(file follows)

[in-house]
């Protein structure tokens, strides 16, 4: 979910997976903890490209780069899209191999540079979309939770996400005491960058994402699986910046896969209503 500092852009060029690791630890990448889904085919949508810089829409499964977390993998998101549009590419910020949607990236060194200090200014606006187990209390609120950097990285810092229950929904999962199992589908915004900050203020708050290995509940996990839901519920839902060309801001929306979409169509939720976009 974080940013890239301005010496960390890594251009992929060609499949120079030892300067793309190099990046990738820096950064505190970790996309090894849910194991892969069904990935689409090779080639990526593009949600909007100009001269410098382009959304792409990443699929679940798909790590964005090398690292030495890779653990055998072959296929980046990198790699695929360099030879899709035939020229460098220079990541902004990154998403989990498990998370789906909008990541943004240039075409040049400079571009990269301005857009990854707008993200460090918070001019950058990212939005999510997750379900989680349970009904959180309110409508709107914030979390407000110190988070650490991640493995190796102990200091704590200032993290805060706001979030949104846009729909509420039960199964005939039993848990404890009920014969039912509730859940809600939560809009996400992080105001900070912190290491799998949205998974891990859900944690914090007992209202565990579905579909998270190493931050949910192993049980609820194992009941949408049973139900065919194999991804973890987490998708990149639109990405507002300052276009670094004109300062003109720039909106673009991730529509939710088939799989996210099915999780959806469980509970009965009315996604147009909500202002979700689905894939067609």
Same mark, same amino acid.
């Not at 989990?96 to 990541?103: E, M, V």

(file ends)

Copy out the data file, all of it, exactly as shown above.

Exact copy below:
[in-house]
């Protein structure tokens, strides 16, 4: 979910997976903890490209780069899209191999540079979309939770996400005491960058994402699986910046896969209503 500092852009060029690791630890990448889904085919949508810089829409499964977390993998998101549009590419910020949607990236060194200090200014606006187990209390609120950097990285810092229950929904999962199992589908915004900050203020708050290995509940996990839901519920839902060309801001929306979409169509939720976009 974080940013890239301005010496960390890594251009992929060609499949120079030892300067793309190099990046990738820096950064505190970790996309090894849910194991892969069904990935689409090779080639990526593009949600909007100009001269410098382009959304792409990443699929679940798909790590964005090398690292030495890779653990055998072959296929980046990198790699695929360099030879899709035939020229460098220079990541902004990154998403989990498990998370789906909008990541943004240039075409040049400079571009990269301005857009990854707008993200460090918070001019950058990212939005999510997750379900989680349970009904959180309110409508709107914030979390407000110190988070650490991640493995190796102990200091704590200032993290805060706001979030949104846009729909509420039960199964005939039993848990404890009920014969039912509730859940809600939560809009996400992080105001900070912190290491799998949205998974891990859900944690914090007992209202565990579905579909998270190493931050949910192993049980609820194992009941949408049973139900065919194999991804973890987490998708990149639109990405507002300052276009670094004109300062003109720039909106673009991730529509939710088939799989996210099915999780959806469980509970009965009315996604147009909500202002979700689905894939067609």
Same mark, same amino acid.
């Not at 989990?96 to 990541?103: E, M, V």